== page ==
Russia Increases Nuclear Warheads While U.S. Decreases Its Arsenal
Russia has continued to increase its arsenal of strategic warheads, although their number will have to be reduced to meet a 5-year-old arms reduction treaty with the United States that comes into effect in 2018, according to figures released by the U.S. State Department.
Under the New START Treaty, the number of strategic warheads deployed by Russia and the United States must be reduced to 1,550 apiece when the treaty's restrictions take effect in February 2018.
The United States has reduced its stockpile to 1,481 strategic warheads, according to the latest data released Friday by the U.S. State Department on Friday. This compares to 1,790 warheads deployed by the United States when New START was introduced in 2011.
Meanwhile, Russia has increased the number of strategic warheads it deploys on its ballistic missiles to 1,735 under the latest count — up from 1,566 in 2011.
Most warheads were added over the last year: According to a count on March 1, 2015, Russia was in possession of 1,582 strategic warheads.
An assistant secretary for arms control at the U.S. State Department, Frank Rose, accused Russia last week of dismantling a number of post-Cold War agreements — although not New START, which he said Moscow appreciated for the verification procedures it provided, the Financial Times reported.
"My personal view is that Russia no longer sees value in that [security] architecture put in place at the end of the Cold War," Rose was quoted as saying. He cited Russia's withdrawal from the Treaty on Conventional Armed Forces in Europe, and Moscow's alleged testing of medium-range ballistic missiles, a move that would be a breach of the 1987 Intermediate-Range Nuclear Forces Treaty.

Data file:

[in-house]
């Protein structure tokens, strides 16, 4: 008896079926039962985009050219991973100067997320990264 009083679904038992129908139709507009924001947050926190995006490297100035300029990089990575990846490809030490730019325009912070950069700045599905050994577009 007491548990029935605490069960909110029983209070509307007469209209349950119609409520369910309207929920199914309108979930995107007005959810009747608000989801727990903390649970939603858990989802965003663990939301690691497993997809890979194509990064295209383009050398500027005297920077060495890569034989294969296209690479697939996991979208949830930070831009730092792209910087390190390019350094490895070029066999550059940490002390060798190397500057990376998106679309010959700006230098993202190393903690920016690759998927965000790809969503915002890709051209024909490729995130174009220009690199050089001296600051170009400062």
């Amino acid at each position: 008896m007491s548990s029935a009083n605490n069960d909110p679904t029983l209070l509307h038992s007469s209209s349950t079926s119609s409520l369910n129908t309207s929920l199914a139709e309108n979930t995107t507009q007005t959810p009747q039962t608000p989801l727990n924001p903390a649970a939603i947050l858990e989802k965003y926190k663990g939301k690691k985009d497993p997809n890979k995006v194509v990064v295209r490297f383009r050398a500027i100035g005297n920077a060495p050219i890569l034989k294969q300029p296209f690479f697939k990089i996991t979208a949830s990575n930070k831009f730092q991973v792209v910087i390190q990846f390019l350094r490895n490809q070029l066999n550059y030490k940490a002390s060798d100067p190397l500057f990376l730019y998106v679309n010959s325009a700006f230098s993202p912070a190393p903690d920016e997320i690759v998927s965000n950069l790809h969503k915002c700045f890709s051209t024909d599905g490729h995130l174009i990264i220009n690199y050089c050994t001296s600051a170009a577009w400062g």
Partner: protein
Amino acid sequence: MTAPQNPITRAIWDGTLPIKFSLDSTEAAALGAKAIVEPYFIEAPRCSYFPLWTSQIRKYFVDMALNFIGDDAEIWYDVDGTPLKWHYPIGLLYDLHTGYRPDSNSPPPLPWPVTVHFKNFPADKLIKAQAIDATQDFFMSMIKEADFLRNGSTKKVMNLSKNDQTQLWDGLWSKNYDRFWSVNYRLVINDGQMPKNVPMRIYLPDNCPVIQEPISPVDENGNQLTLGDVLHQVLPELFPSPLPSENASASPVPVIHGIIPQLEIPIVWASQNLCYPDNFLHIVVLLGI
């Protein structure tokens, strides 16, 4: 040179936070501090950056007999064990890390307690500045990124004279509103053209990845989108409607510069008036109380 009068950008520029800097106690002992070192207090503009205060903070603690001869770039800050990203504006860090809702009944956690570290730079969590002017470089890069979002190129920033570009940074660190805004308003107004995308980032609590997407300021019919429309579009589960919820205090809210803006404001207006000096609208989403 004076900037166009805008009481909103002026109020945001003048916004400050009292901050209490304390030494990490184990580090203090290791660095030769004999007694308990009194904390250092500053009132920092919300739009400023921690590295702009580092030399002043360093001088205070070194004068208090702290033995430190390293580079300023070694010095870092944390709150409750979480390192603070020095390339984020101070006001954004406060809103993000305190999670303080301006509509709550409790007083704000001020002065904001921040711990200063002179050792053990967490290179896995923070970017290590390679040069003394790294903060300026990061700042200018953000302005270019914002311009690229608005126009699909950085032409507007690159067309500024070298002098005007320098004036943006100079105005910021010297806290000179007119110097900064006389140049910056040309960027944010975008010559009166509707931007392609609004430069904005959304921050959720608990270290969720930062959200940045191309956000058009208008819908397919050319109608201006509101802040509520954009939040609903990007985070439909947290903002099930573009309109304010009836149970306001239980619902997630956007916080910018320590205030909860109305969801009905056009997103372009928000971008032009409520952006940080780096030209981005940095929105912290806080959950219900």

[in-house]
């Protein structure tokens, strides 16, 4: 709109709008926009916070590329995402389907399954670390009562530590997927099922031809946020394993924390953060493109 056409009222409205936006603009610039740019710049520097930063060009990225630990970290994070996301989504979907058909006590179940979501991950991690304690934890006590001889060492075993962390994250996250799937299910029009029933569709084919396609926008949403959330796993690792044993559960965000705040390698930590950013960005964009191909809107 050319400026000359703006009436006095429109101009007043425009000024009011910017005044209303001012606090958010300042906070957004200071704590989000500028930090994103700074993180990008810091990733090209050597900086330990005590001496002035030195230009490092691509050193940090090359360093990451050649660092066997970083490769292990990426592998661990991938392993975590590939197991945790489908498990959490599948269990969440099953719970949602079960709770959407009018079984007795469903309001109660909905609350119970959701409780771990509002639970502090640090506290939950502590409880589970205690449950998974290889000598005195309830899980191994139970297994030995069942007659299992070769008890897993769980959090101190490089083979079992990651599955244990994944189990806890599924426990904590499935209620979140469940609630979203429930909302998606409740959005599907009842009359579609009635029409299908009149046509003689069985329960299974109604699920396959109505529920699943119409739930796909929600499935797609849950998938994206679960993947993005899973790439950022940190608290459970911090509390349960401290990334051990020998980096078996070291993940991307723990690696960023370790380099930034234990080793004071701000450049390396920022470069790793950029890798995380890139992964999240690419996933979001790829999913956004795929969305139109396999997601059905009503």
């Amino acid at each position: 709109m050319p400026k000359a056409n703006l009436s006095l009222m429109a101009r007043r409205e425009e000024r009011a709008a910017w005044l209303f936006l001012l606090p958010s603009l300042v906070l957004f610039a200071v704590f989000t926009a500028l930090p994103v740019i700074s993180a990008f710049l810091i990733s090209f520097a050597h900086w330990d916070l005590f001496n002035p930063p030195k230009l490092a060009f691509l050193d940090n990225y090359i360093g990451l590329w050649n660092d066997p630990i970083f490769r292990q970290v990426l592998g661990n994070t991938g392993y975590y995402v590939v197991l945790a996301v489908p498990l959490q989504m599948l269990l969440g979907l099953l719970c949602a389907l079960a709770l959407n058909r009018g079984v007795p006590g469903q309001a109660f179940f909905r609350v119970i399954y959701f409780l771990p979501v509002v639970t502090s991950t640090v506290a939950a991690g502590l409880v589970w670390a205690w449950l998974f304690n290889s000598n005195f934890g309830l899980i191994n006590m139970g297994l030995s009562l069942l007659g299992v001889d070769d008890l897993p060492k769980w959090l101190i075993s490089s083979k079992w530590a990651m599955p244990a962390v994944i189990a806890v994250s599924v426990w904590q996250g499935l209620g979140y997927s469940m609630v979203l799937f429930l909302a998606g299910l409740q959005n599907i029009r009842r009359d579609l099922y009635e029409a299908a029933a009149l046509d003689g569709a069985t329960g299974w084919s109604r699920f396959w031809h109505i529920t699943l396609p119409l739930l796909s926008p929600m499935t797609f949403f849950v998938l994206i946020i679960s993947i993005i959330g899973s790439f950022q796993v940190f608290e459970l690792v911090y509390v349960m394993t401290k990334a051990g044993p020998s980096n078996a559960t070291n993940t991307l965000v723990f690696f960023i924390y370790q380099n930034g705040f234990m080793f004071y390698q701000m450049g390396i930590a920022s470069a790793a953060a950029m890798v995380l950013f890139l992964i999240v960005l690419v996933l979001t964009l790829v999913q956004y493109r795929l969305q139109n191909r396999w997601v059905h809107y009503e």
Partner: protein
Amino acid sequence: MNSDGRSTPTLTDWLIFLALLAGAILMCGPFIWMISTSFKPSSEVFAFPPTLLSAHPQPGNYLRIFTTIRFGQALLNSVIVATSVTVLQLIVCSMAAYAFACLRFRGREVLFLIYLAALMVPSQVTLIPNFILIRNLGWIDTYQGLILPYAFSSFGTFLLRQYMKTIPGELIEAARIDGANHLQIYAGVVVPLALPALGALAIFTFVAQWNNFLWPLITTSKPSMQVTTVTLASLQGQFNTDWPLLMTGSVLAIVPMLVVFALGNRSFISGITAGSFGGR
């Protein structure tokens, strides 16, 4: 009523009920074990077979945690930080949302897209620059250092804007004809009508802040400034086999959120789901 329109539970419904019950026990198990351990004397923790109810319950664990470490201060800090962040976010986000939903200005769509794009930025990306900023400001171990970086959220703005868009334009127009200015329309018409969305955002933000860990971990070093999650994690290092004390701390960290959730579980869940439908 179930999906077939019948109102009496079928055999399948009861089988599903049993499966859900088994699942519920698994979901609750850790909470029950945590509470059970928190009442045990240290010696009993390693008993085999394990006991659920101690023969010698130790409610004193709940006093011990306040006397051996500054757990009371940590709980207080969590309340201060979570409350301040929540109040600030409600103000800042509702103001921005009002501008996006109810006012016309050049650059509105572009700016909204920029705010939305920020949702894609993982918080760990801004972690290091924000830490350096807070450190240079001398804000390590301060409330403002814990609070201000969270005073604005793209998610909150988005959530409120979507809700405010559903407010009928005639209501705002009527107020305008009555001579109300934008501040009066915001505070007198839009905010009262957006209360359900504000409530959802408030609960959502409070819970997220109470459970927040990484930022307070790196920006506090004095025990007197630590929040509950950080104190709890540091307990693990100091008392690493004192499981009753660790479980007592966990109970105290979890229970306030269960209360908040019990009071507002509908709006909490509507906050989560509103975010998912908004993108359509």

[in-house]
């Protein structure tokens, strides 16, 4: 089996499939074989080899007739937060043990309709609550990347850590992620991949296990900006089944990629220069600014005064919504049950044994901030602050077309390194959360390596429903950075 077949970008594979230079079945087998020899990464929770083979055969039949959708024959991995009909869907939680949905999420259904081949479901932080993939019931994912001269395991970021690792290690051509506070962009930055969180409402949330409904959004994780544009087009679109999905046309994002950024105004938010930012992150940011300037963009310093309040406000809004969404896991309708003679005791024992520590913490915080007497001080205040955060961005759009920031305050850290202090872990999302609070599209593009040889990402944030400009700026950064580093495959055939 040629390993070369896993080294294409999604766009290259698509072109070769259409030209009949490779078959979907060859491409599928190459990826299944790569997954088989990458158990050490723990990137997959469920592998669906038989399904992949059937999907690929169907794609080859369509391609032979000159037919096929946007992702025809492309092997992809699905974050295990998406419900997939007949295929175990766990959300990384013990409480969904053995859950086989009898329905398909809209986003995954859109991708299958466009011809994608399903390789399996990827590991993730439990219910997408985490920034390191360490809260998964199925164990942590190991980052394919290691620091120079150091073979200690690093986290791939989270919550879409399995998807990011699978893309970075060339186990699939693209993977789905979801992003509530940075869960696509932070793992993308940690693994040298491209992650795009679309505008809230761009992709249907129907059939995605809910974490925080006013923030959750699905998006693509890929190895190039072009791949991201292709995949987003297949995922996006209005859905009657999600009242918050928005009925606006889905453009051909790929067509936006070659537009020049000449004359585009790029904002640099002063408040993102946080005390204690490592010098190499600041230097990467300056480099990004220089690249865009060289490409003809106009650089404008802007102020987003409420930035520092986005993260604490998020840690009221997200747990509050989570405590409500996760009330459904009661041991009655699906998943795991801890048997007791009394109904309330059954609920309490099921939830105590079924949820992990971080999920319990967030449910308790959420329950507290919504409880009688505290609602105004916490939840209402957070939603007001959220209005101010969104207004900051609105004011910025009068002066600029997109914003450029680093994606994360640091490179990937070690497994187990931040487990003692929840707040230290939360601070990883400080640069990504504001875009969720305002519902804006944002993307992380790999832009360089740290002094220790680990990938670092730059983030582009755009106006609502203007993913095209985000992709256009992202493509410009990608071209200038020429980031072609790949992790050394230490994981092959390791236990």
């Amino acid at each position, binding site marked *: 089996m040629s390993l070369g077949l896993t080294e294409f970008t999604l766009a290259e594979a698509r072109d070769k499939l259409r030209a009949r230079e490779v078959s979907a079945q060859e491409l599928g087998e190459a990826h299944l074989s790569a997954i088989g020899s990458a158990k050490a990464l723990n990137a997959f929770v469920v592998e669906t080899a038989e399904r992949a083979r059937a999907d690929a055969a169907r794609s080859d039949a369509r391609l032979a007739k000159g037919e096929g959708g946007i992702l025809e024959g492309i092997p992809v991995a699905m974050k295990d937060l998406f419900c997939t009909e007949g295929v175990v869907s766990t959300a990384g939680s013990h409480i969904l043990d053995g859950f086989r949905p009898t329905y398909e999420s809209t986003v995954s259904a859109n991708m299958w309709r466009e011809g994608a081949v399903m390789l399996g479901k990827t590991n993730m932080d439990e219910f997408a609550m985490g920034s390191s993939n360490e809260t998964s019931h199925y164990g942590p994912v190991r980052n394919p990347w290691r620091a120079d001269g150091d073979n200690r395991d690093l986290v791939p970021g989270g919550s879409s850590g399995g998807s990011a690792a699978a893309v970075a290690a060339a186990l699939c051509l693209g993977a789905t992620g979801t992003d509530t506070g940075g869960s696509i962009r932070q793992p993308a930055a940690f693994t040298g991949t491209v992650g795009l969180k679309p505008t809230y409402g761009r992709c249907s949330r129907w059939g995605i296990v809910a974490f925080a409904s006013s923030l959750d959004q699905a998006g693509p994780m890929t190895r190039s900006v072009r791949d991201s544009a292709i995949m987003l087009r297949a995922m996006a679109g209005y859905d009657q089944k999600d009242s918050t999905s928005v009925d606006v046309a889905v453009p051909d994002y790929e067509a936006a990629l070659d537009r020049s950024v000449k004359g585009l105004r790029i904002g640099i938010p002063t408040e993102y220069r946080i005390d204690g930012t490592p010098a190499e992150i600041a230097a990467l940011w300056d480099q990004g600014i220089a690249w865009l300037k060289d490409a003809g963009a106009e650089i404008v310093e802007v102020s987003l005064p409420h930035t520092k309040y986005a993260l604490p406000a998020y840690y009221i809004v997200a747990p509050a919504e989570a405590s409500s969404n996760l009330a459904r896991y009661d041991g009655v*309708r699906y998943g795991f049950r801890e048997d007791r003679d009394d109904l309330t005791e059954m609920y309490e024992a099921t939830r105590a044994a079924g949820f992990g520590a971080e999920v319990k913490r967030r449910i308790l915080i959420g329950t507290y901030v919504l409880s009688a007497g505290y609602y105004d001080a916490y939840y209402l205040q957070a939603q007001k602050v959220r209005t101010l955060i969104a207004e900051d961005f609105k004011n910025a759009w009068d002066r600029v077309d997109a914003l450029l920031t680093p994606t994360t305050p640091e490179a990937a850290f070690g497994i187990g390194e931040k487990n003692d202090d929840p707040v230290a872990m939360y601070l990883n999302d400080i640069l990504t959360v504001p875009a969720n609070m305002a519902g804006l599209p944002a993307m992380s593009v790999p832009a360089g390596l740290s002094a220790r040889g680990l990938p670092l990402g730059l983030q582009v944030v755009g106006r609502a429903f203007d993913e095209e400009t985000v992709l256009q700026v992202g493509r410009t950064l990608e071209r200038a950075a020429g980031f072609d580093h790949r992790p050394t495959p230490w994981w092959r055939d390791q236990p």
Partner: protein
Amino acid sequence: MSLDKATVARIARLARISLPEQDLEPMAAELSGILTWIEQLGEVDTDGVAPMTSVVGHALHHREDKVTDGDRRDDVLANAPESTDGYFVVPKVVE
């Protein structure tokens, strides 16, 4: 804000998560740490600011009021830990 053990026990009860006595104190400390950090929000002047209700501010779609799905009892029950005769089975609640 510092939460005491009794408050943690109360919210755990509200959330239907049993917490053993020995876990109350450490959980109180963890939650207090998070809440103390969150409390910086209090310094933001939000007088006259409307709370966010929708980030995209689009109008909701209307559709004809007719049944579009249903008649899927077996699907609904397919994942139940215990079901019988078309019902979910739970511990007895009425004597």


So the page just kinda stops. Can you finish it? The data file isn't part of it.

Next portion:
"They are slowly but surely taking out the key building blocks of the Euro-Atlantic architecture put in place in the late 80s and 90s," Rose was quoted by the Financial Times as saying.
He spoke ahead of a nuclear security summit in Washington — a gathering Russian officials chose not to attend.
Hans Kristensen, an arms control analyst in Washington, said the nearly 200-strong increase in Moscow's strategic warheads since 2011 was party due to a third Borei-class ballistic missile submarine that joined Russia's fleet last year.
"Russia is nonetheless expected to reach the treaty limit by 2018," Kristensen wrote in a blog posted Friday on the Federation of American Scientists website.
"The temporary increase in counted warheads is caused by fluctuations is the force level caused by Russia's modernization program that is retiring Soviet-era weapons and replacing some of them with new types," he wrote.
Russia's arsenal of strategic launchers — another type of weapon to be reduced under New START — counts about 220 fewer than that of the United States, according to aggregate data cited by Kristensen. The United States needs to dismantle 41 launchers to meet the treaty's limit, according to the data.
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